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In days leading up to fight, Floyd Mayweather Jr. reminisces about his early career

Both Mayweather and Marquez remember fighters they looked up to


Steve Marcus

Floyd Mayweather Jr. questions from the media inside the MGM Grand Garden Arena Tuesday. Mayweather Jr. is facing Juan Manuel Marquez Saturday, Sept. 19.

Mayweather, Marquez grand arrivals

Juan Manuel Marquez smiles as he answers questions from media members inside the MGM Grand Garden Arena Tuesday. Marquez is set to face Floyd Mayweather Jr. this Saturday. Launch slideshow »

One for the "Money"

Floyd Mayweather Jr. talks with the media as he prepares to come back to boxing for the first time in two years. Mayweather Jr. fights Juan Manuel Marquez Saturday, September 19th at the MGM Grand.

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Floyd ‘Money’ Mayweather Jr. is always quick to remind everyone he’s the most successful pay-per-view boxer in the sport’s history.

He often refers to himself as the "cash cow", and his lavish lifestyle has been well documented on the HBO series, "24/7."

There was a time, however, when all he wanted was the first-place trophy.

“I can remember my first amateur bout, I still have the trophy on my dresser,” Mayweather Jr. said. “I was 64 pounds. I didn’t care who I was facing I just wanted to fight. After the fight, we stayed at the Red Roof Inn. I slept with my trophy in the car all the way home.”

For young boxers in the beginning of their careers, the ultimate goal is the Golden Gloves championship, which hosts regional and national tournaments.

In 1993, at the age of 16, Mayweather Jr. won the Nationals tournament for the first time as the youngest member of his team. He would win it again in 1994 and 1996.

“I felt bad when I won the Nationals because I was beating guys much older than I was,” he said. “I rode home in the van with this big trophy almost touching the roof. They said, ‘Floyd, you want to go in the store?’ I said, ‘No, I don’t want nobody bothering my trophy.’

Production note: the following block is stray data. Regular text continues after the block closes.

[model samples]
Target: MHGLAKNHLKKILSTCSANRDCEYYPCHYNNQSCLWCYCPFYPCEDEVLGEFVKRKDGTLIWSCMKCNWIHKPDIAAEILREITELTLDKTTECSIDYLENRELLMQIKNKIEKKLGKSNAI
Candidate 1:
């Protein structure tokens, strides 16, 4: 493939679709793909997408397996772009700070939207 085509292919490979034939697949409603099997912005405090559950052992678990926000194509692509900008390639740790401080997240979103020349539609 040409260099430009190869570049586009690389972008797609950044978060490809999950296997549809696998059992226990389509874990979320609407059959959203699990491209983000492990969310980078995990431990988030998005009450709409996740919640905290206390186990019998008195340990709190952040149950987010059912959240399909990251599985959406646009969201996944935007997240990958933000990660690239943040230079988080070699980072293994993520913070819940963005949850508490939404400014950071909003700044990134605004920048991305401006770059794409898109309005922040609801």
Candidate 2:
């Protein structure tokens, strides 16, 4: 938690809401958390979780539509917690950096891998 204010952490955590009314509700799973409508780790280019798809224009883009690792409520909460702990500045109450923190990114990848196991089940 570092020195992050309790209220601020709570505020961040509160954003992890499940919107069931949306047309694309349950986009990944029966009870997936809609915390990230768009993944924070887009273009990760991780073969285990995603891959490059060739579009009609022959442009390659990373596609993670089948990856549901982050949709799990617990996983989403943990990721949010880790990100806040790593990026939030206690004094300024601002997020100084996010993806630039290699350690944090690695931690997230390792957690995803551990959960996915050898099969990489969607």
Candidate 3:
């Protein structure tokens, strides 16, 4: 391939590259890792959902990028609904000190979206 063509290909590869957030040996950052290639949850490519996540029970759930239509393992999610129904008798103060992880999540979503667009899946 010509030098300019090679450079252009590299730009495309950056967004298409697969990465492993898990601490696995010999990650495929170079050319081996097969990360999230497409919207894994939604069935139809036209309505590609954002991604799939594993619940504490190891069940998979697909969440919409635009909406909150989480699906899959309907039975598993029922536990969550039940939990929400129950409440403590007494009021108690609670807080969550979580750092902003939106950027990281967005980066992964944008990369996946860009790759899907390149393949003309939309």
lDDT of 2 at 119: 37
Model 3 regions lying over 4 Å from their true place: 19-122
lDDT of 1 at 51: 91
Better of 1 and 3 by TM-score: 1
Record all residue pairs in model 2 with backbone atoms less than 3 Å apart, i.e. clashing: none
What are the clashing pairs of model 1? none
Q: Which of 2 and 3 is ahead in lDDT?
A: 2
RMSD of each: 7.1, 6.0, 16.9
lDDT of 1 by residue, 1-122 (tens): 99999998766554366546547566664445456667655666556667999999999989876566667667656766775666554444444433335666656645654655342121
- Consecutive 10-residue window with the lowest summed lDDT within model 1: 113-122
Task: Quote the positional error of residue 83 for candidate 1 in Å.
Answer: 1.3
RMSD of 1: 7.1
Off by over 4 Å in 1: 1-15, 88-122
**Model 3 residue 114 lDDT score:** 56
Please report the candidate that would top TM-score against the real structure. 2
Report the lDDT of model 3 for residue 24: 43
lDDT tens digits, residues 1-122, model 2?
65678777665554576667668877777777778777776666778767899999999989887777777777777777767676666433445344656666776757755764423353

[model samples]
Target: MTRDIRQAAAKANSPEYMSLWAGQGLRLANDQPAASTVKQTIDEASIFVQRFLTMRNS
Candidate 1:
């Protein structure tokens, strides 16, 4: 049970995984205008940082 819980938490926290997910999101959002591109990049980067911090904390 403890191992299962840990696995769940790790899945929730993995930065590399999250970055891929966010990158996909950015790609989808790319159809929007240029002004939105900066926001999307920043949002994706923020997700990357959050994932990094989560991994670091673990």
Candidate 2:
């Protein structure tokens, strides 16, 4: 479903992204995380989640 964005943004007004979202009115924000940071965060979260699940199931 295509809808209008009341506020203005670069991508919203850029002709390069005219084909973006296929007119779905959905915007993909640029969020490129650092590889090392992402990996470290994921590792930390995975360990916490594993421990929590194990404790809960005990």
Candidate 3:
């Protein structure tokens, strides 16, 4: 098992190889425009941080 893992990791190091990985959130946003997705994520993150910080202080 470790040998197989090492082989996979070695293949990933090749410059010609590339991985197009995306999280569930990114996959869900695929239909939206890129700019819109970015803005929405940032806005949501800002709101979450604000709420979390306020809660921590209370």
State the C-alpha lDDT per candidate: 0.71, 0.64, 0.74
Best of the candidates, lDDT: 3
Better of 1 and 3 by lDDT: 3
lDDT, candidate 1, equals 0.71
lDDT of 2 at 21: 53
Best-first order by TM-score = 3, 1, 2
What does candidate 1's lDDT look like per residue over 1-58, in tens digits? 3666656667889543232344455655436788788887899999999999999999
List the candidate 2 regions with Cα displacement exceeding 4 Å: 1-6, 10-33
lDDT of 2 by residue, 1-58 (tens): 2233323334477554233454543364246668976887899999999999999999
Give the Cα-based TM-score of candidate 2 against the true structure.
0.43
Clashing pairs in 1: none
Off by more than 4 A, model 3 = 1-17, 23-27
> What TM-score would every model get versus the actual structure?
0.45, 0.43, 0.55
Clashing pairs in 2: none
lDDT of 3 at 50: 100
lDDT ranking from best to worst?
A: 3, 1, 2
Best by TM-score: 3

“When I was 16, you know what made me fight hard? I looked over and seen that big trophy and was like, ‘Wow, we getting that? Oh man, I’m gonna fight hard.’ And that was it. It wasn’t about the money.”

Those were simpler times.

On Saturday, Mayweather Jr. makes his return to boxing after a 21-month layoff with plenty more than a trophy on the line.

While there are many theories on the reasoning behind Mayweather’s return, the 32-year-old fighter says that the same competitive drive he had as a young fighter is still the reason he’s here.

“Nobody sees the hard work I put in, when I go to the gym at 3 a.m. in the morning,” he said. “I put the tape around my own hands and train by myself; mentally, physically. A lot of fighters, once they go home, they’re done. I go into overtime to be the best.”

His opponent, Juan Manuel Marquez, also remembers his amateur career — one that is now 55 professional fights in the past.

“I remember, they were great moments for me,” Marquez said. “My nerves were going all the time. When I fought amateur fights, I was always pretty nervous.

“But when I finished the fight and they gave me the trophy, I would feel very happy. It would feel great.”

Along with reminiscing about their respective beginnings in the game of boxing, the two fighters also answered questions about the fighters they looked up to during their grand arrivals Tuesday at the MGM Grand hotel.

For Marquez, his inspiration came from one fighter in particular — Julio Cesar Chavez.

“My idol is Chavez for only one reason: He fought with the best fighters,” Marquez said. “He never said, ‘No, he’s a good fighter. I don’t want to fight him.’ He fought everybody.”

As a boy growing up watching boxing, Mayweather Jr. says he could never pick a favorite from the loaded welterweight division.

“Back in that era, I liked Roberto Duran, Sugar Ray Leonard, Marvin Haggler and Thomas Hearns,” Mayweather Jr. said. “It was crazy, I used to get chill bumps watching them because I didn’t want them to fight each other but they had to.”

“Boxing has been a blessing my whole life.”

Brett Okamoto can be reached at 948-7817 or [email protected].

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